The fall salmon run is within sight as the big Lake Ontario Counties Trout and Salmon Derby ended on Labor Day. The $25,000 fish came from Oswego when Drew Kersic of Philadelphia, Pa., reeled in a 34-pound, 9-ounce king salmon from 75 feet in front of the power plant – his first salmon on his first Lake Ontario fishing trip ever! He was fishing with Capt. Chad Gehrig of Oswego aboard the “Son of a Gun,” using a gold/chrome Golden Boy attractor rig with a chartreuse bait head and cut
bait. It was caught on Sept. 4.On Sept. 5, the first-place salmon was weighed in, a 34 -pound, 6-ounce king caught by Lynn Thomson, Jr. of Syracuse, also off Oswego. Closer to home some bigger fish were caught, too, but they were not entered in the derby. Like the lottery, you have to be in it to win it! In the Brown Trout Division, the father-son duo of Skip Foster of Wilson and Scott Foster of North Tonawanda connected with a first- and third-place on the same day while trolling between Wilson and Olcott. Working a lime green-yellow Bay Rat stickbait (my secret) in 50 feet of water, they used a dipsy diver set back 120 feet on a No. 3.5 setting to take a 17- pound, 4-ounce brown that was caught by Skip – his personal best. He reported it was their best brown trout fishing ever, too, finding a little honey hole off the red barn. In the Steelhead Division, John Jankowski of Sloan came through with some last-minute heroics on his own when he caught a 15-pound, 15-ounce steelie on a silver and black DW spoon sporting a pink ladderback. He caught it on the second-last day of the derby, 65 feet down over 490 feet of water between Wilson and Olcott. King salmon are stacked on the Niagara Bar according to Capt. Matt Yablonsky with Wet Net Charters. “It’s the most I’ve ever seen,” he commented. White-glow spin doctors or E-Chip flashers with green-colored flies are working best for him in 100 to 150 feet of water. A few salmon and
brown trout are being caught off the piers at Olcott on Cleos and K-O Wobblers according to Wes Walker at The Slippery Sinker. Trollers are hitting the 60-90-foot depth contour in front, moving even shallower under low light conditions with cut bait rigs, J-plugs, flasher-fly rigs and magnum spoons.
Some pretty darn good bass and walleye fishing was reported over the holiday weekend in the lower Niagara on a variety of baits, but those fish failed to show up in “school” on Tuesday as anglers struggled a bit to get a consistent program going. John Van Hoff and Randy Tyrrell of North Tonawanda limited out on walleye at the mouth of the Niagara using worm harnesses to catch fish up to 12 pounds. Bass action was good, especially for bigger fish as Capt. Bruce Blakelock of Riverside Sportfishing and Mitch Grant of Virginia with Rapid Fishing Solutions used tubes rigged with a small spinner trailer to catch smallmouth up to 5 pounds. In the Upper Niagara, caution is advised by the Niagara Musky Association if you are thinking about targeting muskellunge. With the 75 degree water temperatures, it will put some added stress on those fish. Hold off targeting these fish until the water temps come down a bit. If you do catch one, don’t take it out of the water and release it immediately.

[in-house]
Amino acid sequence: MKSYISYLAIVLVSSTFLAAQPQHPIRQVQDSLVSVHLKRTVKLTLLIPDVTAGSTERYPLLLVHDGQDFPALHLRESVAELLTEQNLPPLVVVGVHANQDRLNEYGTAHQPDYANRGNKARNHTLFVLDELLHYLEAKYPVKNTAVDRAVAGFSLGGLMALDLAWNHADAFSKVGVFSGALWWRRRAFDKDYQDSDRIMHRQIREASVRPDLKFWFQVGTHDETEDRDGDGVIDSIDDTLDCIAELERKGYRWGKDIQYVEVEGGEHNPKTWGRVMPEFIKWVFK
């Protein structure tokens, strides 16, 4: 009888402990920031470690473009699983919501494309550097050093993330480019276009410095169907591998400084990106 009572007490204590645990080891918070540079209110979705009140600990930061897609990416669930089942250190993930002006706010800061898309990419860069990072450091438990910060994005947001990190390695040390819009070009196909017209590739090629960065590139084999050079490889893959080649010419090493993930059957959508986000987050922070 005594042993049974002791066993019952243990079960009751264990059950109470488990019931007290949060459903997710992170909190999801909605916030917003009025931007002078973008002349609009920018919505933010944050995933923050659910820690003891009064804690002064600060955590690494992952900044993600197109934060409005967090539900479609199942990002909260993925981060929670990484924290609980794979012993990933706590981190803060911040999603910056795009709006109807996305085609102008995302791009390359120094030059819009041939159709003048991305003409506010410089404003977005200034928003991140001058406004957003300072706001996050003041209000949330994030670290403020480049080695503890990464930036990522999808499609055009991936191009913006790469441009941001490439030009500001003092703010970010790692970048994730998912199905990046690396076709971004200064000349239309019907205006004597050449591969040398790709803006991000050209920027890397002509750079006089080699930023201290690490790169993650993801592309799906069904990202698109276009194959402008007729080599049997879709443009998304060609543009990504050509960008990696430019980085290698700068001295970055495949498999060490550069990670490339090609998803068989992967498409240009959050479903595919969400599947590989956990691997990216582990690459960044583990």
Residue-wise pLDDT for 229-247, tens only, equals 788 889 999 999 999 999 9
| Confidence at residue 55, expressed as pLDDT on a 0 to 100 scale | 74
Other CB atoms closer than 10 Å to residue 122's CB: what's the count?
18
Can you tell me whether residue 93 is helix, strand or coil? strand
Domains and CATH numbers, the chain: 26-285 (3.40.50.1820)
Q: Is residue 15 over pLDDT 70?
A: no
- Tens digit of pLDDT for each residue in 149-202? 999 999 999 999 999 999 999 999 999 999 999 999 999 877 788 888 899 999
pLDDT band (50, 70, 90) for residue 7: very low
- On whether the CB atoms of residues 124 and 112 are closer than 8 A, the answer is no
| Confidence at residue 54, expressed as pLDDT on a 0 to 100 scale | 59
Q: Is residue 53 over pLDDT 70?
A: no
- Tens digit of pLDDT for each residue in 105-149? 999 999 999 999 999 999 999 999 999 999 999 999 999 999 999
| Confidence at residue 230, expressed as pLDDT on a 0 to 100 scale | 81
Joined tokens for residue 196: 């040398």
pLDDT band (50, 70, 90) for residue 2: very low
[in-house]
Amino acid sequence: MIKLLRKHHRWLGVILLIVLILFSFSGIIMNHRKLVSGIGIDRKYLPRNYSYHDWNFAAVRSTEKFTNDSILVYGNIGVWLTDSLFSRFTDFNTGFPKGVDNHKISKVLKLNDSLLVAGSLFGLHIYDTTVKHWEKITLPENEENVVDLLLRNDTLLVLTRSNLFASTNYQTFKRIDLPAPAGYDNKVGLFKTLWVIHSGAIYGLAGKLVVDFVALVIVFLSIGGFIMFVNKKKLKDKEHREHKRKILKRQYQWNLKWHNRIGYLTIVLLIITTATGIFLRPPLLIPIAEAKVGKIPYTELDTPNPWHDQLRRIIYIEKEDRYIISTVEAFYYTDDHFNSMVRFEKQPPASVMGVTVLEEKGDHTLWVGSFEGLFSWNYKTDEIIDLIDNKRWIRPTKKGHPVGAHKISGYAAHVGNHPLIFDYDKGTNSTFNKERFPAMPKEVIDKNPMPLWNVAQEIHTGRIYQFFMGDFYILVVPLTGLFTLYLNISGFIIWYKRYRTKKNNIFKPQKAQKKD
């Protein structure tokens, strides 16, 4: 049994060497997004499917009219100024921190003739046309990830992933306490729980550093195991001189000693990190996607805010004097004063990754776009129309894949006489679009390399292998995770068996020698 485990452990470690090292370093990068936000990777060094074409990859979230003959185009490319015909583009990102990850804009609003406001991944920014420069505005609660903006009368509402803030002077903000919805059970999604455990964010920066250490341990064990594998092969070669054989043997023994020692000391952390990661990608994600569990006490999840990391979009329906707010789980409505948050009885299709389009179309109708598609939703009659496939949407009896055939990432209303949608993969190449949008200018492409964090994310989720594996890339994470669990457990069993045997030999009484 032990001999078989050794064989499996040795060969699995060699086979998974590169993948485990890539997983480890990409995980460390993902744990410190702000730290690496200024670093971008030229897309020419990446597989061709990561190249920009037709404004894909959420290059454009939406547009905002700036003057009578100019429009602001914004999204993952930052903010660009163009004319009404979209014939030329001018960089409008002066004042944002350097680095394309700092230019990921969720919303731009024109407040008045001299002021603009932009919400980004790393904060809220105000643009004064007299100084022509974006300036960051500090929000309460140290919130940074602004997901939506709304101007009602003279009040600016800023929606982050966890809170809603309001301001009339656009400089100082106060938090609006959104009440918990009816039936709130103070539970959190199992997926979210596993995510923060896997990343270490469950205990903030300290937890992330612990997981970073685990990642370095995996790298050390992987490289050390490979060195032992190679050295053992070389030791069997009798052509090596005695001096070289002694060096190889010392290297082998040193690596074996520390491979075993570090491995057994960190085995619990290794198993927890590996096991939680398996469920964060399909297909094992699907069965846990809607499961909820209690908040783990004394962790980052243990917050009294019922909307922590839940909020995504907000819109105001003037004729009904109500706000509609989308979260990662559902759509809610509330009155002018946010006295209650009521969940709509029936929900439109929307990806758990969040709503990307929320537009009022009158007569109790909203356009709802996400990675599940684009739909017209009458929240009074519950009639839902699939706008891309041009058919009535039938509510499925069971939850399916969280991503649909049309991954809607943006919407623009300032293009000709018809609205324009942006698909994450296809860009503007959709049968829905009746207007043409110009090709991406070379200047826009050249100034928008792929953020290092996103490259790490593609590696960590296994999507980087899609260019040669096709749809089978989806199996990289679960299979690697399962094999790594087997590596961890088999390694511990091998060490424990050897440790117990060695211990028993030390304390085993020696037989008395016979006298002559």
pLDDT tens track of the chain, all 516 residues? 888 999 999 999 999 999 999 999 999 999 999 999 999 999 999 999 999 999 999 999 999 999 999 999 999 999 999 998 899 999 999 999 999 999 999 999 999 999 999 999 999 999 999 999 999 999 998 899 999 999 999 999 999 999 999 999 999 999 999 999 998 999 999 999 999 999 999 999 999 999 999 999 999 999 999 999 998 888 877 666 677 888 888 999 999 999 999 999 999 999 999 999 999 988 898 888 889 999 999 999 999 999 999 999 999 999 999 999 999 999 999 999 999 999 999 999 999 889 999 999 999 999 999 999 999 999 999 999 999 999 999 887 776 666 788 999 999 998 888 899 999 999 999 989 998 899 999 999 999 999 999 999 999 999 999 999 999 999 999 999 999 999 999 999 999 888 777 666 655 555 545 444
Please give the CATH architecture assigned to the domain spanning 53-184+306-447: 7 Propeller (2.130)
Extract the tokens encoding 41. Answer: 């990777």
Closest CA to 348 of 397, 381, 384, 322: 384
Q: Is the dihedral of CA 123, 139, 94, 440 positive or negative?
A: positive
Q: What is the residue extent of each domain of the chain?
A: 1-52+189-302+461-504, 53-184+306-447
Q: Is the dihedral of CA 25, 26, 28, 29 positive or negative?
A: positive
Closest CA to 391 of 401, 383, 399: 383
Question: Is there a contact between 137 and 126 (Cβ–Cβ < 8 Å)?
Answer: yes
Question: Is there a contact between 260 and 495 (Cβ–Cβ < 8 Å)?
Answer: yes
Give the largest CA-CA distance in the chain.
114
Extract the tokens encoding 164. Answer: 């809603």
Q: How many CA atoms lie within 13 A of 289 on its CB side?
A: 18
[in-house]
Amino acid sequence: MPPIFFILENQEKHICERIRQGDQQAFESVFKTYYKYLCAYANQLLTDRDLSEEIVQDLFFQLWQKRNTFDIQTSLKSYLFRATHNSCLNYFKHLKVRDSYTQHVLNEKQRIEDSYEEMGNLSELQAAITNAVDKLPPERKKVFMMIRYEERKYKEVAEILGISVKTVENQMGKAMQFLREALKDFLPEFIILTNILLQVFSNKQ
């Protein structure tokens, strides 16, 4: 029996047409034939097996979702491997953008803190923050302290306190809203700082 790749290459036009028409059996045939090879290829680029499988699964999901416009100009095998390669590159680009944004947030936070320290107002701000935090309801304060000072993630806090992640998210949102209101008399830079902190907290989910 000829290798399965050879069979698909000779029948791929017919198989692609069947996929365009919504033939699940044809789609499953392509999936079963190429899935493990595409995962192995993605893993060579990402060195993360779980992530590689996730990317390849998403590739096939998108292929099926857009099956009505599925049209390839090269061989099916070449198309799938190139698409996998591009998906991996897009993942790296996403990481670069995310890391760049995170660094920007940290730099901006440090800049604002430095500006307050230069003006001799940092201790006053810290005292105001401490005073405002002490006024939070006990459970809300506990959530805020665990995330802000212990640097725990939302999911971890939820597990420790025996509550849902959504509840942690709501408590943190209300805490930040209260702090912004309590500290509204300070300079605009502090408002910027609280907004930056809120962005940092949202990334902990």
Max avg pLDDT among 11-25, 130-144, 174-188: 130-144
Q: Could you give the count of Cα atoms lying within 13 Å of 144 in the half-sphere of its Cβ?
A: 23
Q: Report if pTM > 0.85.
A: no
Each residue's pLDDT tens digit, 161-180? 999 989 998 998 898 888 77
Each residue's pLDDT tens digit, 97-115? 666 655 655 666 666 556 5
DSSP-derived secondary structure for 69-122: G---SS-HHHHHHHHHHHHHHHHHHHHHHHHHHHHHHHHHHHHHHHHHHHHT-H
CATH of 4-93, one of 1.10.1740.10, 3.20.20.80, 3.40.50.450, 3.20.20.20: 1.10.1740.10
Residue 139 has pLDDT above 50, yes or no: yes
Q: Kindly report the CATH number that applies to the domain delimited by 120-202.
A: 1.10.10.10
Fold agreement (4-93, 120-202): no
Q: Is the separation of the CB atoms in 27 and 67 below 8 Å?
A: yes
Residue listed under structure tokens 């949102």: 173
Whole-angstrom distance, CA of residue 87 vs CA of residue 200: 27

The bass bite is on according to Capt. Terry Jones of Tonawanda. Tube jigs (Big Boy brown with purple fleck) and live bait (crabs and shiners) were his best enticements in 26 to 32 feet of water along the humps outside the breakwalls at Buffalo Harbor. He had one of his best days of the year on Tuesday, catching over 70 smallmouth. You should also be able to catch fish on the deep side of Seneca Shoal and Myers Reef in 30-40 feet of water, too. The walleye bite continues to be very good around the 70-foot mark for trollers and drifters. Capt. Jim Hanley was finding success off Sturgeon Point in 68-72 feet of water with worm harnesses trolled around 1.5 mph. White and orange willow leaf blades or white and chartreuse Colorado blades were working for him with three-way rigs bouncing bottom or trolling 10 colors of lead core. As long as the presentation is right, color and style should not be a big deal. Perch seekers have started to look for early schools, some in preparation of the Oct. 1 Brauer’s Restaurant Perch Contest to benefit KidsPeace. Call Eric at 698-4505 for details.
Best bite has been for walleye from the Bell Tower at Chautauqua Institution to Long Point in 15-26 feet of water. Trolling has been the best method of attack with a silver-black or perch colored No. 13 Rapalas the best lure offering according to local guide Craig Robbins. Robbins will be busy this coming week, hosting the Assn. of Great Lakes Outdoor Writers starting this weekend, followed by the NYS Outdoor Writers group. Good luck!